Saturday, November 19, 2005 Match summary With twelve coders in Div1 solving all three problems, this match was easier than some, but not without its difficulties. radeye was able to come up with two successful challenges to pass Eryx and take 3rd in the match, but this wasn't enough to surpass tomek who got a successful challenge of his own to keep him in 2nd. But Petr, who had the fastest correct submission for both the 500 and 1000, easily took first. In Div2, newcomers Nevo and simonenko took first and second place, despite being in the same room. In fact simonenko attempted a challenge on Nevo's 1000 point problem, but to no avail as Nevo took the room and division win. The ProblemsHammingDistanceUsed as: Division Two  Level One:
Given two strings of equal length, it is quite simple to calculate their Hamming distance. All you have to do is loop through each character of the first string and compare it to the analogous character in the second string, if they don't match then increment a counter. The runtime of this process is proportional to the length of the strings. To find the minimum of Hamming distances of all pairs of strings you can calculate the Hamming distance between all pairs of strings. If there are N strings each with length L, then there are N(N1)/2 pairs (be sure not to compute a string's distance to itself), so the total runtime will be O(N^{2} L). Since N and L are both bounded by 50, this is around 125,000 operations, which is small enough for this brute force method to work. FewestFactorsUsed as: Division Two  Level Two: Used as: Division One  Level One:
This is the first problem where permutations come in handy. We know that each of the elements in digits must be used exactly once, so the only decision left up to us is the order the digits are put in. Every ordering of the digits is a permutation, thus the problem is to determine the permutation of digits which yields the fewest number of factors. C++ coders could use the next_permutation function, other languages had to generate the permutations using some other method (it can be done recursively with a depth first search, see the Round Tables for details). Once you have a permutation of digits, you must determine how many factors it has. First transform the permutation into a number by summing each digit times the proper power of ten. Once you have this candidate number, you can loop through each positive integer less than the candidate to see if it is a factor. A number is a factor if when you divide the candidate by it you get a remainder of 0. If the candidate has the fewest factors seen so far, keep it. With at most 5 digits there can be up to 5! = 120 permutations. With each permutation you have to check at most 99,999 possible factors (since each number has at most 5 digits). This means that the entire process takes on the order of 120*100,000 = 12,000,000 operations. This is fast enough to pass. Another way to count the factors is to note that for every factor less than the square root of the candidate there is exactly one factor greater than the square root. Thus you really only need to loop up to the square root counting each factor twice (and if the candidate is a square, only count the square root once). This cuts down significantly on the runtime. VectorPolygonUsed as: Division Two  Level Three:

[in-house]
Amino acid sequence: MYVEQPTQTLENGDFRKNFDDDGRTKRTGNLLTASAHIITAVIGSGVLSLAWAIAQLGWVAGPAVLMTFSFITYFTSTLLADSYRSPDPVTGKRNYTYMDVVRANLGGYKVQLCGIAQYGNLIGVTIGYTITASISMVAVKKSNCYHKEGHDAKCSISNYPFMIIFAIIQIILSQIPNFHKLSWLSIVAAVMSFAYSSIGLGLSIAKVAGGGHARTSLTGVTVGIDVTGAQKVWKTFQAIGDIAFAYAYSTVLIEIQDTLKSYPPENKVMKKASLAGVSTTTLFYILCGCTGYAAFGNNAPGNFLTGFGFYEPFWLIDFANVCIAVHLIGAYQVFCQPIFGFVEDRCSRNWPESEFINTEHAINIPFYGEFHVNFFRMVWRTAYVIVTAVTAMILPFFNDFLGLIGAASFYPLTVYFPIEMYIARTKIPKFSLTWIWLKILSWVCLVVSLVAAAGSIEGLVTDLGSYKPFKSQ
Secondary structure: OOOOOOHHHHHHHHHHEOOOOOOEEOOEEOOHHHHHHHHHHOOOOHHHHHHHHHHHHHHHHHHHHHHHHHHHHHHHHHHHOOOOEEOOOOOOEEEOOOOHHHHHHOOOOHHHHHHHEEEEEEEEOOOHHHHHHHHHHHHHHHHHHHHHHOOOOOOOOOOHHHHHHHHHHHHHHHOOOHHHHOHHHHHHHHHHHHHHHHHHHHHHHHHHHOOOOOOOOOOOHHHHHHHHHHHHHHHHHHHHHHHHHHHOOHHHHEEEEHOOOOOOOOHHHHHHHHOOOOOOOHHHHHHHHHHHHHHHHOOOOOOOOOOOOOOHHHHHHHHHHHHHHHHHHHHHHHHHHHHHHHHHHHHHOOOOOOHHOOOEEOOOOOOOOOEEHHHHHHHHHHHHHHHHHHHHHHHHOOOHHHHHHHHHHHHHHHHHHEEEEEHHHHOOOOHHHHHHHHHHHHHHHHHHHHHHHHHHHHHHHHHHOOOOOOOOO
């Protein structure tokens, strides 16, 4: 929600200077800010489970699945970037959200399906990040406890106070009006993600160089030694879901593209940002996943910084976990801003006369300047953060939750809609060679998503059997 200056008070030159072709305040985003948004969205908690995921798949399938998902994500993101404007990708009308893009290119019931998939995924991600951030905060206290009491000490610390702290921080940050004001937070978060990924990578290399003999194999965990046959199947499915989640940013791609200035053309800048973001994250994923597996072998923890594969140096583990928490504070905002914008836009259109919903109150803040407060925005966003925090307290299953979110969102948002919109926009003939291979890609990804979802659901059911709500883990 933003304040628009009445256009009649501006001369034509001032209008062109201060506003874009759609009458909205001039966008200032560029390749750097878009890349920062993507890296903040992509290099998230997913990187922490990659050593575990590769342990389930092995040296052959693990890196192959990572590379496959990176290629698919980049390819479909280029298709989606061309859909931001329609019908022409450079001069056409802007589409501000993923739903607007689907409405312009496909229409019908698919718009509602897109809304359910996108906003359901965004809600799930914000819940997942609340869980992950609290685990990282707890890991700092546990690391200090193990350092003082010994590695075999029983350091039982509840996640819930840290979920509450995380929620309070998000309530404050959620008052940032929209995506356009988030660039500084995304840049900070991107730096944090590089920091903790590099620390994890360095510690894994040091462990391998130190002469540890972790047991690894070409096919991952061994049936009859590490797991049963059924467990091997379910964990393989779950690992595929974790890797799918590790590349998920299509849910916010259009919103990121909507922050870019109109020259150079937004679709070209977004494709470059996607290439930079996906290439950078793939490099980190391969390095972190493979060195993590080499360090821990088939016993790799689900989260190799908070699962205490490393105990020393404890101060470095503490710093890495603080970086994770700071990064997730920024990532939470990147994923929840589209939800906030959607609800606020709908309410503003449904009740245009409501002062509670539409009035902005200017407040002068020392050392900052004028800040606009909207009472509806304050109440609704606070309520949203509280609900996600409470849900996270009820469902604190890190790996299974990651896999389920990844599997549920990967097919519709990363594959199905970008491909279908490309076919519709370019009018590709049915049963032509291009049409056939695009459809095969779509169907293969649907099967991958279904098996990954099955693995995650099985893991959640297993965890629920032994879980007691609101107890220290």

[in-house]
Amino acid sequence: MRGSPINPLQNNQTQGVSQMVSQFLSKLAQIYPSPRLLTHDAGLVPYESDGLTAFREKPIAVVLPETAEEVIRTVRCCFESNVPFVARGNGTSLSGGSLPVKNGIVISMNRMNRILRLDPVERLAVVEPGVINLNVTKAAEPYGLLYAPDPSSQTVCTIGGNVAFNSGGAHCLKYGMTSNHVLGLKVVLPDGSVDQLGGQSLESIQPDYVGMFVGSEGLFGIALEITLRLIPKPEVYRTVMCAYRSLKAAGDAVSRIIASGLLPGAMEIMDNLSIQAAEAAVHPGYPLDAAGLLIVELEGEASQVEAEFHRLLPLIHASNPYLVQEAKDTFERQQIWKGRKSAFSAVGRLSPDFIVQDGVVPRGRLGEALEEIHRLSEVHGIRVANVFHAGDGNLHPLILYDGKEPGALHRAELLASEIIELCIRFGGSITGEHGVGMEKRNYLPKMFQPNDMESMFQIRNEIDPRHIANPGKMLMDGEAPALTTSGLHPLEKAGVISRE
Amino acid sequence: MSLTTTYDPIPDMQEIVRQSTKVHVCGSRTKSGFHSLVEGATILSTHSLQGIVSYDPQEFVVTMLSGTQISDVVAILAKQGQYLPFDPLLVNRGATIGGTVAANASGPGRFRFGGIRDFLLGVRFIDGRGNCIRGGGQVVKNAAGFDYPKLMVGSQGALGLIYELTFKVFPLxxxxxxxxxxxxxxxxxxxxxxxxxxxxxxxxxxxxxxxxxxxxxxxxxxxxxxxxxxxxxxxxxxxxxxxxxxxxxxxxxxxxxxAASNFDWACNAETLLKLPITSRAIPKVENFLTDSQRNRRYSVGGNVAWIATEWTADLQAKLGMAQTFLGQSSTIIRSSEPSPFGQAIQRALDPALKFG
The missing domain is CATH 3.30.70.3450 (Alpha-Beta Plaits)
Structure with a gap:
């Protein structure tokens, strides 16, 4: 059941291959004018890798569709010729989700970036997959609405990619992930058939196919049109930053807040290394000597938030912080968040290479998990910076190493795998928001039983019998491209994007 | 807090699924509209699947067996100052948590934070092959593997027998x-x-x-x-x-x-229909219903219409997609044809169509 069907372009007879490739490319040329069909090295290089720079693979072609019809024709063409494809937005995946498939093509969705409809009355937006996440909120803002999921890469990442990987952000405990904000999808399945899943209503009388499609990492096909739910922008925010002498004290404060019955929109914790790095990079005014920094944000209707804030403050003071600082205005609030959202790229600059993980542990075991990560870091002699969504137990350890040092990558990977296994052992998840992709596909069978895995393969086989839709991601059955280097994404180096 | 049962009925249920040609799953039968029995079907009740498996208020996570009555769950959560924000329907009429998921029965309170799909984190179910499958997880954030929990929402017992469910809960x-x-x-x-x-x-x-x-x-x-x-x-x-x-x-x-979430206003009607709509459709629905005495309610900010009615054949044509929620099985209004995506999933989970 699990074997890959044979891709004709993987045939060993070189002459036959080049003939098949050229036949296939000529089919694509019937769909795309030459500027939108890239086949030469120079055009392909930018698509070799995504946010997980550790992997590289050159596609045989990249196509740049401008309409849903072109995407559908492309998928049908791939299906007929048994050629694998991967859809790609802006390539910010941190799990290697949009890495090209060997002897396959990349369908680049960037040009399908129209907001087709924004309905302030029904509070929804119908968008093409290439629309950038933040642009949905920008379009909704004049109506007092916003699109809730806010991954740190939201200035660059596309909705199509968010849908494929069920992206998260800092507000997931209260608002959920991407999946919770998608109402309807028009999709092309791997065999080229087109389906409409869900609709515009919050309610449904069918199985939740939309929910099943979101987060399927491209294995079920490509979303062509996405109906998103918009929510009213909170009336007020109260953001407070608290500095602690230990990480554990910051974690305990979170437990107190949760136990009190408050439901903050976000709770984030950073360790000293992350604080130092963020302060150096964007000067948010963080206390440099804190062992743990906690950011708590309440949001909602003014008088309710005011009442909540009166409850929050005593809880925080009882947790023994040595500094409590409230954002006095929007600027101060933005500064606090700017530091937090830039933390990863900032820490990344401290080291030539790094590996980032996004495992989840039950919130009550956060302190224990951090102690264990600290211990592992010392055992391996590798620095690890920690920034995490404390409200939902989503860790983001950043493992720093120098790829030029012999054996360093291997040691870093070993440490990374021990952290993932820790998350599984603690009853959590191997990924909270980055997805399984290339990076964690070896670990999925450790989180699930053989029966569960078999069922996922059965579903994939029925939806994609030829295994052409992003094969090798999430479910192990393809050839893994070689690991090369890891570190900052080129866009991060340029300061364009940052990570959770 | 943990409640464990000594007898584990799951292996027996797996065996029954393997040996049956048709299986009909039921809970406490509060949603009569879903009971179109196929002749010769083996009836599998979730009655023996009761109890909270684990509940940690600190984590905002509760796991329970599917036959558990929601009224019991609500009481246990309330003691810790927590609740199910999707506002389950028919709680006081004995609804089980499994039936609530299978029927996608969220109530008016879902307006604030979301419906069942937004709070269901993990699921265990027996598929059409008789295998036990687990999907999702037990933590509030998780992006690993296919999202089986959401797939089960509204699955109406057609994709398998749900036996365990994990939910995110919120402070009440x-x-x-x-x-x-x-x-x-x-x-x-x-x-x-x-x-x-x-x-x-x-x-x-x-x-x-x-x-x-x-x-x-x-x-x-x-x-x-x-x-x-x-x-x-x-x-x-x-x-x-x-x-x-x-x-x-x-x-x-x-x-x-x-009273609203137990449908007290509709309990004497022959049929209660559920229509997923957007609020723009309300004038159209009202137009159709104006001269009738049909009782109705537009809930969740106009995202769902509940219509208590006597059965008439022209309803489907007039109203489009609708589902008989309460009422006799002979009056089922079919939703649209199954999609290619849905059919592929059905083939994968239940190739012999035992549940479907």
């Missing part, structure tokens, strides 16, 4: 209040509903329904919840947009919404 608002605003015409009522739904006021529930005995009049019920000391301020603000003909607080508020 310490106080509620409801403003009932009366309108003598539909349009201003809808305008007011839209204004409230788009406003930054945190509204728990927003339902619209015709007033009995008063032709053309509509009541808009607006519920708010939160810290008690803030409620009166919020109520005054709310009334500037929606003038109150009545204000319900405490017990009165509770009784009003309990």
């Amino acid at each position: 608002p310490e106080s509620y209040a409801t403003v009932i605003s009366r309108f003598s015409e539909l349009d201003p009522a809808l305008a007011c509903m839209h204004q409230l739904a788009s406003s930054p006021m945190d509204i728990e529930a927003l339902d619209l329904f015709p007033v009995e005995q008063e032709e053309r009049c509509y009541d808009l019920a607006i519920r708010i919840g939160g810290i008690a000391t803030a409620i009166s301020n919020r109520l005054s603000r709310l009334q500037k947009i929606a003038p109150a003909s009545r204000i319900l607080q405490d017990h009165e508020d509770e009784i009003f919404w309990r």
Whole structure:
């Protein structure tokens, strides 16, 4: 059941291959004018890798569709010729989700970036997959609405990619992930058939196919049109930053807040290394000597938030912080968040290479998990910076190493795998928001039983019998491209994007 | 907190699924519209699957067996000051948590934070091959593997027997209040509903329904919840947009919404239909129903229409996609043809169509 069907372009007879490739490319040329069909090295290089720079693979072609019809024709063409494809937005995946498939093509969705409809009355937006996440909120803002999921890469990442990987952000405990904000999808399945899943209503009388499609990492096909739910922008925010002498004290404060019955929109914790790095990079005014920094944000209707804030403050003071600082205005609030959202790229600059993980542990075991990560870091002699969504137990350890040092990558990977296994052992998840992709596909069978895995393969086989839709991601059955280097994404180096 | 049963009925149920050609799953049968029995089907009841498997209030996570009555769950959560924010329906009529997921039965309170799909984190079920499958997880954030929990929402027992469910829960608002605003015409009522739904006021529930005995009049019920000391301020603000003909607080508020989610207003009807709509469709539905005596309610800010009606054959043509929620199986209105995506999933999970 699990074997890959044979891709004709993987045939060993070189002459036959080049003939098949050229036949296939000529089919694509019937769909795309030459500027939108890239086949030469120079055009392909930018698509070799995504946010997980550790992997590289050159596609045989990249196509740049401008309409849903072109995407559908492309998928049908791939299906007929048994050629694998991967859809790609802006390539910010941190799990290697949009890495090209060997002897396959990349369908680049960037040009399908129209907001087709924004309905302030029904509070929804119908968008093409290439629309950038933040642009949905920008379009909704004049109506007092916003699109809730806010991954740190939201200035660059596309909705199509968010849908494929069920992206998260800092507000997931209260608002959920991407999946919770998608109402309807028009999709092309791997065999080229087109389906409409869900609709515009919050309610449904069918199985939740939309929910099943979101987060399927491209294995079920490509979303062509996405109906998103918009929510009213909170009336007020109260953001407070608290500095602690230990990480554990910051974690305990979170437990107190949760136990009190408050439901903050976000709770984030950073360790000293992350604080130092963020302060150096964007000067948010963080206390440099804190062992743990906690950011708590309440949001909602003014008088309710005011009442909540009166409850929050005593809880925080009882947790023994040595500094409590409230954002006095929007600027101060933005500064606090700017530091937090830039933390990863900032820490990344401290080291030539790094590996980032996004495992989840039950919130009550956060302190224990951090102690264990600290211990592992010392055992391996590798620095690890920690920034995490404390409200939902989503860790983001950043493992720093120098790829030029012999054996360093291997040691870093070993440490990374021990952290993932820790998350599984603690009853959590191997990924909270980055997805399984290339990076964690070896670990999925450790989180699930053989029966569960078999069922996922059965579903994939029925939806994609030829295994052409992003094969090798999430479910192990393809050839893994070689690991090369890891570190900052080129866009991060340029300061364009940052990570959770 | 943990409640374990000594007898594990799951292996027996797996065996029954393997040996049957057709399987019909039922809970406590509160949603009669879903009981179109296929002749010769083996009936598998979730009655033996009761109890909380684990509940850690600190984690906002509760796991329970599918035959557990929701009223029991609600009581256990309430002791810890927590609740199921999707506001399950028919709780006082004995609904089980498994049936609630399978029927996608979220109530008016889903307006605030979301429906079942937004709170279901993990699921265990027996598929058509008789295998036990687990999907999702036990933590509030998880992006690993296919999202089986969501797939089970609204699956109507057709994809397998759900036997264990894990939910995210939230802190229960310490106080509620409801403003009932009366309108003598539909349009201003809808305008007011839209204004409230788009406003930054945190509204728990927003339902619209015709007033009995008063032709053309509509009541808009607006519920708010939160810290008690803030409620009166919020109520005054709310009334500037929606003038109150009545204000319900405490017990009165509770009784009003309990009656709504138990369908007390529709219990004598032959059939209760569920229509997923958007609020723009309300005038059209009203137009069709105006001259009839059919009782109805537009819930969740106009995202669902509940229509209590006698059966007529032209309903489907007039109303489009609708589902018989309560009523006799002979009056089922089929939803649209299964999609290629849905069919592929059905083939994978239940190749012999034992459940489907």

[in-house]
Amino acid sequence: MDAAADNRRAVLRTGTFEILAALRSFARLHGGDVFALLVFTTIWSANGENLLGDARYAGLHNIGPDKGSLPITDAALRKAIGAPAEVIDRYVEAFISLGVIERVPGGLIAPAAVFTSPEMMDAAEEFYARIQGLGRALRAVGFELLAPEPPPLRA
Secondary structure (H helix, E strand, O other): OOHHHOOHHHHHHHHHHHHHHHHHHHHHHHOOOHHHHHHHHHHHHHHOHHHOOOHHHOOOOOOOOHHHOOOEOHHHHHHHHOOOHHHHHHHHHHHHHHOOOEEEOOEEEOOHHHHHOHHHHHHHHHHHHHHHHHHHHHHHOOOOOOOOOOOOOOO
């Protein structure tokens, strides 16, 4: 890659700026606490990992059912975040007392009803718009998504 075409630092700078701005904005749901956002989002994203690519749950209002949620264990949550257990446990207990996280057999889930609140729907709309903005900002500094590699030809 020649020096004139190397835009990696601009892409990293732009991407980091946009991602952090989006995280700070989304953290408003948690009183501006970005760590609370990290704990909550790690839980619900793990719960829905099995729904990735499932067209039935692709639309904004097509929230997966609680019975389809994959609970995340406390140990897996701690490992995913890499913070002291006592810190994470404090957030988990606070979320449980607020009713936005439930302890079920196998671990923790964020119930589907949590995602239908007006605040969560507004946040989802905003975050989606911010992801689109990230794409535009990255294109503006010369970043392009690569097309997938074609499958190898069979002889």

One of the properties of a Convex polygon is that the angle each edge makes with a horizontal line increases as you go around it (and decreases as you go around it the other way). In fact, this is the property that the Graham scan algorithm for finding a convex hull is based on. Knowing this, you can sort all of the vectors by the angle they make with the horizontal. Then try each subset of vectors to see if it makes a polygon. The images included with the problem should give one the intuition that the vectors will only make a polygon if the sum of the vectors is 0. To find the area of the polygon you should check out the geometry article in the Educational Content section. Thus for each subset, if the sum of the vectors is 0 and the area the polygon makes is larger than any that you've seen then store that area as your best. A way of doing this problem without using the above property makes use of permutations. In this method you try every possible permutation of the vectors. Then start with the first vector in the permutation and keep on adding vectors until the sum is 0. When this happens you know you have a polygon, so find its area. The only drawback of this method is that you aren't sure that the polygon is convex. Luckily this doesn't matter, because if you do find a polygon then some reordering of its sides is guaranteed to be convex (namely when the sides are sorted by angle with the horizontal). Further when the sides make a convex polygon that area will be larger (intuitively the concave parts of the polygon take area away from what could be). RoundTableUsed as: Division One  Level Two: